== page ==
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Richard Feynman Talks About Light

The Daily Music Break often re-posts from earlier in the site’s run. This post originally appeared on April 24, 2012. It is the only video the site has ever posted that has nothing to do with music.

One of the great things about running your own website is that you can break any rule you want to. (That includes ending a sentence with a preposition.) The embedded video here has nothing directly to do with music. It is worth noting however, that physicist Richard Feynman — considered to be in Einstein’s class of genius — played bongos in bands to relax. Also, there is a lot of math in music.

Feynman was quite a character, and very funny. His books, Surely You’re Joking, Mr. Feynman (Adventures of a Curious Character)ย and What Do You Care What Other People Think? (Further Advetures of a Curious Character) are not primarily about math or physics.

The whole story, including the science, is told in Genius: The Life and Science of Richard Feynman by James Gleick. Assorted quotes from Feynman can be found at Wikiquote. Believe it or not, one of his great contributions aren’t numbers. Feynman diagrams are squiggles representing how subatomic particles move.

The famous Feynman Physics Lectures are here. Here is a bio of Feynman, who was born in Far Rockaway, N.Y., worked on the Manhattan Project and led the commission that investigated the explosion of the space shuttle Challenger. A couple of other shorter clips are Jiggling Atoms and The Uncertainty of Knowledge. Longer lectures in which he explains his theories to people much smarter than me are available on YouTube.


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Here’s What’s Here

The Daily Music Break explores every genre of music, from hip hop to opera. It's simple: Boundaries are dumb. It's all good. Here is more about the site and here is our index:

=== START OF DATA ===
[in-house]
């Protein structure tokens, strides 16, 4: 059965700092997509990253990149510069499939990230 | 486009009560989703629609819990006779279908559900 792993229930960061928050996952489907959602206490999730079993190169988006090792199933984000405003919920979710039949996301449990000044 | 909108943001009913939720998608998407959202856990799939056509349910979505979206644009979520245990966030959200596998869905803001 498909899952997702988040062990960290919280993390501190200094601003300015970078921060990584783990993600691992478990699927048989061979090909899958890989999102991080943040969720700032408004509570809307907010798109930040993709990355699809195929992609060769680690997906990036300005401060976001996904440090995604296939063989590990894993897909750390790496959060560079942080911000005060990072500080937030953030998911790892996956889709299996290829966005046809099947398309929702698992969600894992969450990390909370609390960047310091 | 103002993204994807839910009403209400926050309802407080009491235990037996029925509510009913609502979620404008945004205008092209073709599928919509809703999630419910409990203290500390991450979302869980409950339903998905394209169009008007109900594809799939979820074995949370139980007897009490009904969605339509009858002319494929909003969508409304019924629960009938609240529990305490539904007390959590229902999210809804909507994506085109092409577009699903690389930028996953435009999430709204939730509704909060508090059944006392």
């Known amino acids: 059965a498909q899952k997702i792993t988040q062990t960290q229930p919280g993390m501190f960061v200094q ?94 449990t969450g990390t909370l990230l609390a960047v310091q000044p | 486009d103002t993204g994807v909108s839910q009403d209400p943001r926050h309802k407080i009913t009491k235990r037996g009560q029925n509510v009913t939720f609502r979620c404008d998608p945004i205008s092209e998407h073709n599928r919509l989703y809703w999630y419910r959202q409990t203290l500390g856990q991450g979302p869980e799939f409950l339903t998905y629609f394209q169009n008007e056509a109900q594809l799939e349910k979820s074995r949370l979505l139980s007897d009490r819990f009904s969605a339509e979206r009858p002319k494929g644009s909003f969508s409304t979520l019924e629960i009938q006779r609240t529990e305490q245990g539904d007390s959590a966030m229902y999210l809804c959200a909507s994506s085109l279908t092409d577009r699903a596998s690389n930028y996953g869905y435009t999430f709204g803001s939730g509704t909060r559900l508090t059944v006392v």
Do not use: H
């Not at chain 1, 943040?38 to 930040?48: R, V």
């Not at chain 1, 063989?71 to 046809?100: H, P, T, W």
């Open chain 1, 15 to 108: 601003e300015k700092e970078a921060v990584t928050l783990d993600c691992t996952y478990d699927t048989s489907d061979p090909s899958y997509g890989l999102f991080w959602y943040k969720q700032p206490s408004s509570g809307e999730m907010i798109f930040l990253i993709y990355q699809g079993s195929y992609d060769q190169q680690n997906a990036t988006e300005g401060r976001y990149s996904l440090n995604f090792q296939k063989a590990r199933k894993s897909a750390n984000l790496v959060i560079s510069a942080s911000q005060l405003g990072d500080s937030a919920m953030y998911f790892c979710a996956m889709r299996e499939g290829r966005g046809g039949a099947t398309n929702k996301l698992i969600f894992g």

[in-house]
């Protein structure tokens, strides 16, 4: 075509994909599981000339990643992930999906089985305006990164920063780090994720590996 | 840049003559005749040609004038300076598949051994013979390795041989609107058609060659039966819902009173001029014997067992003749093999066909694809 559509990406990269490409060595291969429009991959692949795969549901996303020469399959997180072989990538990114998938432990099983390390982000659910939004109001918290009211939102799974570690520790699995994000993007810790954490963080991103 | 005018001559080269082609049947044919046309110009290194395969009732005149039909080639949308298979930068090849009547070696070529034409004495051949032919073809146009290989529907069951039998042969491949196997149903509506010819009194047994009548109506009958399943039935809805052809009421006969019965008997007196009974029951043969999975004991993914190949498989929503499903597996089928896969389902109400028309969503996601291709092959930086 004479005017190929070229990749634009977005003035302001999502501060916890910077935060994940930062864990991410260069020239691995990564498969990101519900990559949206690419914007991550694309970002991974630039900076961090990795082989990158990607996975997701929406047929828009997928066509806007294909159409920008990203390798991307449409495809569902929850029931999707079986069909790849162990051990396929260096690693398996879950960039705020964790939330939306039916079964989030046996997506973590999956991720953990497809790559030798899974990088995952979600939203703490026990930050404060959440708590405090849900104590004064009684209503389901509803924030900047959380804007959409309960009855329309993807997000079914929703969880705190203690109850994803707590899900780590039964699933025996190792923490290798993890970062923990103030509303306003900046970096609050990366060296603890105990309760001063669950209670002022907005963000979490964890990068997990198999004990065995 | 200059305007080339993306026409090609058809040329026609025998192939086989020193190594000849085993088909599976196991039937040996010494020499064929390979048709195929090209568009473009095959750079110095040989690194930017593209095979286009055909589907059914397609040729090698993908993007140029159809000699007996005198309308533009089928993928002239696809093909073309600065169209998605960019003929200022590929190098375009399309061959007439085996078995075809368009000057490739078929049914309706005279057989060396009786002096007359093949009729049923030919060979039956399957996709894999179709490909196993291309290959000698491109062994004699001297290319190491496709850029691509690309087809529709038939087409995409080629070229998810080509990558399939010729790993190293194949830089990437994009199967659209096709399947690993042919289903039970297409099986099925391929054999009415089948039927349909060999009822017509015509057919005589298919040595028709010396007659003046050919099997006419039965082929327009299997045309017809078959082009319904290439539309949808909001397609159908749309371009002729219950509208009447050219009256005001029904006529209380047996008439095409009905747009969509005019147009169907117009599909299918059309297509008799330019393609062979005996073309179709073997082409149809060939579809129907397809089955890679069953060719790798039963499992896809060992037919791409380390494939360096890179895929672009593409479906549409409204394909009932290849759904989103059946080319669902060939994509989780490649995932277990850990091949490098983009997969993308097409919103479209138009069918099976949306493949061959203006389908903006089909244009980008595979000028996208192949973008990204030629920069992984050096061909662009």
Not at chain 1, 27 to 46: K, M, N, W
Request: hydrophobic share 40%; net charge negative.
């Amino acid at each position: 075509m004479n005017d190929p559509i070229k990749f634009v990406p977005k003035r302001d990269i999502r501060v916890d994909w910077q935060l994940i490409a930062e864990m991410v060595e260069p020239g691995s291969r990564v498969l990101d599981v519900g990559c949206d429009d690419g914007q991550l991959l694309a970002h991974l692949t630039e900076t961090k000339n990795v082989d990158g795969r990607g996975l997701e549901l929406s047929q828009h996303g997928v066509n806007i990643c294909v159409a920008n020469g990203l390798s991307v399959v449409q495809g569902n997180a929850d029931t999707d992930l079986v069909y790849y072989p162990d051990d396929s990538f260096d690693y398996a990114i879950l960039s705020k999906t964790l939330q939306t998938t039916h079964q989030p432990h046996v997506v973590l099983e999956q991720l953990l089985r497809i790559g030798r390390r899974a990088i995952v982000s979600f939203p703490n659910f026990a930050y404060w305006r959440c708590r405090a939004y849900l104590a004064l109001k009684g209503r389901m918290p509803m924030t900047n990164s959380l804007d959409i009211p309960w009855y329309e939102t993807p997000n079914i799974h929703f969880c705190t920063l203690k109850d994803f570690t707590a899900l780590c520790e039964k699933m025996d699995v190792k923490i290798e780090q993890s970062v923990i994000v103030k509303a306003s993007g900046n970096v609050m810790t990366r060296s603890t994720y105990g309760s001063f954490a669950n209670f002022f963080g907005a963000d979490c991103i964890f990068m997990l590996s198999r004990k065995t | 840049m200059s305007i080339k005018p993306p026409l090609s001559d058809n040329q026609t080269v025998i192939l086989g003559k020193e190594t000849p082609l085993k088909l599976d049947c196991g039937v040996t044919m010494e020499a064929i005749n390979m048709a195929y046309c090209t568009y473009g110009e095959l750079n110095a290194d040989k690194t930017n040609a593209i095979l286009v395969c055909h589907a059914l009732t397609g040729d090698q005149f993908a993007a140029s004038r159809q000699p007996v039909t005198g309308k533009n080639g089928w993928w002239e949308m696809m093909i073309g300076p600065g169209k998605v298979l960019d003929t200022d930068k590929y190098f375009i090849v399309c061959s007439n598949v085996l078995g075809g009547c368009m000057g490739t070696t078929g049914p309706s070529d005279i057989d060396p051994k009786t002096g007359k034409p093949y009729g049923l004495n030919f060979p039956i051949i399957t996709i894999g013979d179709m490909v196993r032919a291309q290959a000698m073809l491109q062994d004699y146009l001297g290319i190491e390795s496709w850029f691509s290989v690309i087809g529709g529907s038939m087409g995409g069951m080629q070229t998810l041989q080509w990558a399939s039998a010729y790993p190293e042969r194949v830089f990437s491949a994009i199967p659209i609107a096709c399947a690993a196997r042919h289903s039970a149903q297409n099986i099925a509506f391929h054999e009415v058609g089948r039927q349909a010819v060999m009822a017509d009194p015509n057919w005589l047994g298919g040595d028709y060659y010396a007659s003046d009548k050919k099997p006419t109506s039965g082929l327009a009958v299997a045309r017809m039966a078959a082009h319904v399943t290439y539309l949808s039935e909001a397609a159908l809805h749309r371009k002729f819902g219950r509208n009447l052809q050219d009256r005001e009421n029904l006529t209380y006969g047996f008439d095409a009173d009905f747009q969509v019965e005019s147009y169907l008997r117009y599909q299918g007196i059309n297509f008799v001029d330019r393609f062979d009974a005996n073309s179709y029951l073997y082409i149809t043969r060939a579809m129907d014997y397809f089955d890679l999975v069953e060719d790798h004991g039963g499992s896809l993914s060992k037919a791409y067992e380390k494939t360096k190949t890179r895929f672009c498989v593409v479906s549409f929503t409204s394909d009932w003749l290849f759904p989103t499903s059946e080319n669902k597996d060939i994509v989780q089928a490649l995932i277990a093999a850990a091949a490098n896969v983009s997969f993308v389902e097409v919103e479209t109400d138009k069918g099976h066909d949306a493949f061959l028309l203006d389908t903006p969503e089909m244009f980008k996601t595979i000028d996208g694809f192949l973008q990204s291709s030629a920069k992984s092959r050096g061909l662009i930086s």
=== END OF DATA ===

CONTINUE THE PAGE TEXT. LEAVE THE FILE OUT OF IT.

--A Tribe Called Quest to The Dick Hyman Trio (In other words, A to H)

--Indigo Girls to Queen Ida (I to Q)

--Radiohead to ZZ Top (R to Z)

Reading Music

The stories of the great bands and musicians are fascinating. Musicians as a group are brilliant, but often troubled. The combination of creativity and drama makes for great reading.

Here are some books to check out.

Duke Ellington brought class, sophistication and style to jazz which, until that point, was proudly unpolished and raucous. His story is profound. The author, Terry Teachout, also wrote "Pops," the acclaimed bio of Louis Armstrong. Click here or on the image.

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What else is there to say? Here is the story behind every song written by The Beatles. Click here or on the image.

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The Grateful Dead don't get enough credit for the profound nature of its lyrics. Many of the band's songs are driven by a deep and literate Americana ("I'm Uncle Sam/That's who I am/Been hidin' out/In a rock and roll band" and "Majordomo Billy Bojangles/Sit down and have a drink with me/What's this about Alabama/Keeps comin' back to me?").

David Dodd's exhaustive study tells the story, song by song. Click here or on the image.